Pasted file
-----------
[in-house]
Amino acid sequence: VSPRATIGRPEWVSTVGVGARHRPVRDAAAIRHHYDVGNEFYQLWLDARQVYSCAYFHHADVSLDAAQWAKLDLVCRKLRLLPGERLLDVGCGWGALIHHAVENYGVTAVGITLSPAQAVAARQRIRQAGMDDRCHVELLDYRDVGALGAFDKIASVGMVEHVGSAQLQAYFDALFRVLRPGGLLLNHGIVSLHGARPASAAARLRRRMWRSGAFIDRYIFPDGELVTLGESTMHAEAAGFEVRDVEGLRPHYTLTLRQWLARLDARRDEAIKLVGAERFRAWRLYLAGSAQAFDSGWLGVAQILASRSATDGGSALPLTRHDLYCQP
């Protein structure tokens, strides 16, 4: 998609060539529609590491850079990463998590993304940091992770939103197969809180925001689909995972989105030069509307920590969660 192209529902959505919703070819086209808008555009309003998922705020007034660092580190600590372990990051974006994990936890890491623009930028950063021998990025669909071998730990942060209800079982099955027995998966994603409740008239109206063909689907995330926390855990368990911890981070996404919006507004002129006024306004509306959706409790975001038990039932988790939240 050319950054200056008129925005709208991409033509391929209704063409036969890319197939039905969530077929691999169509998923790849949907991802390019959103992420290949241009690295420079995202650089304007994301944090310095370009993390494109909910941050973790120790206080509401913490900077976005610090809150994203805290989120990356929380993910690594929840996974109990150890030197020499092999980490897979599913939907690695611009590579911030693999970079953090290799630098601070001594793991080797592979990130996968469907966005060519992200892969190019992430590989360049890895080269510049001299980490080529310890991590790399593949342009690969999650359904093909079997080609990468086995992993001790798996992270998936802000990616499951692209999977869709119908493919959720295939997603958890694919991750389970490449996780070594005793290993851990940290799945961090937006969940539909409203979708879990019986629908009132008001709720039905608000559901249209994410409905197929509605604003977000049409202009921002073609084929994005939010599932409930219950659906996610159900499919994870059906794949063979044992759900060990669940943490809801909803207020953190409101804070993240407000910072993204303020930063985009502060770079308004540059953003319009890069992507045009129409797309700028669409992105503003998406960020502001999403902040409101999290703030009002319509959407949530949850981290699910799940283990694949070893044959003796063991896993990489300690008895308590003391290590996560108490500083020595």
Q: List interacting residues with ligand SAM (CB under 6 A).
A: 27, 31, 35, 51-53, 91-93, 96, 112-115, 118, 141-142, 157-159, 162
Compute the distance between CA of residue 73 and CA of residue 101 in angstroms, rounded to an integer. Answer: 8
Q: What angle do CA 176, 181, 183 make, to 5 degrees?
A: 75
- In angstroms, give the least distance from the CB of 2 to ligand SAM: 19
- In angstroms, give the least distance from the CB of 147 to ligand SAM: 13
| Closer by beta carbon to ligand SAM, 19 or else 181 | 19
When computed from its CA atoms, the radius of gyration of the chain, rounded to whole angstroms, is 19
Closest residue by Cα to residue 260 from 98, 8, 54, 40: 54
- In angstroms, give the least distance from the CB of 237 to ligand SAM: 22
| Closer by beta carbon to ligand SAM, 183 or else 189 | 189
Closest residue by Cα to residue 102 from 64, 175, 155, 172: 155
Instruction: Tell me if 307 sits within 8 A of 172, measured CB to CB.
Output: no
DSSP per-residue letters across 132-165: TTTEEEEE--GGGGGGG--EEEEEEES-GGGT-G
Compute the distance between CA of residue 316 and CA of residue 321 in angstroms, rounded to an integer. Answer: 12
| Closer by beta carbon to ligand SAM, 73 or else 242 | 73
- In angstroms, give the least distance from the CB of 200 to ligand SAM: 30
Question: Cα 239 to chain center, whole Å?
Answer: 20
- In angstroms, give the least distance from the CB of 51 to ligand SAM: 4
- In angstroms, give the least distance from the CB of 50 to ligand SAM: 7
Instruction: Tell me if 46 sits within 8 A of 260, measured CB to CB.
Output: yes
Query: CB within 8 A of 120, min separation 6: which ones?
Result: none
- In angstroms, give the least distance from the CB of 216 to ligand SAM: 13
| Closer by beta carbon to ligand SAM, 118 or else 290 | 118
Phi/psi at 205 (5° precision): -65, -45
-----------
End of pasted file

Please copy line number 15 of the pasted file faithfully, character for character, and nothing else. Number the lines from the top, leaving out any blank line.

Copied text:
| Closer by beta carbon to ligand SAM, 183 or else 189 | 189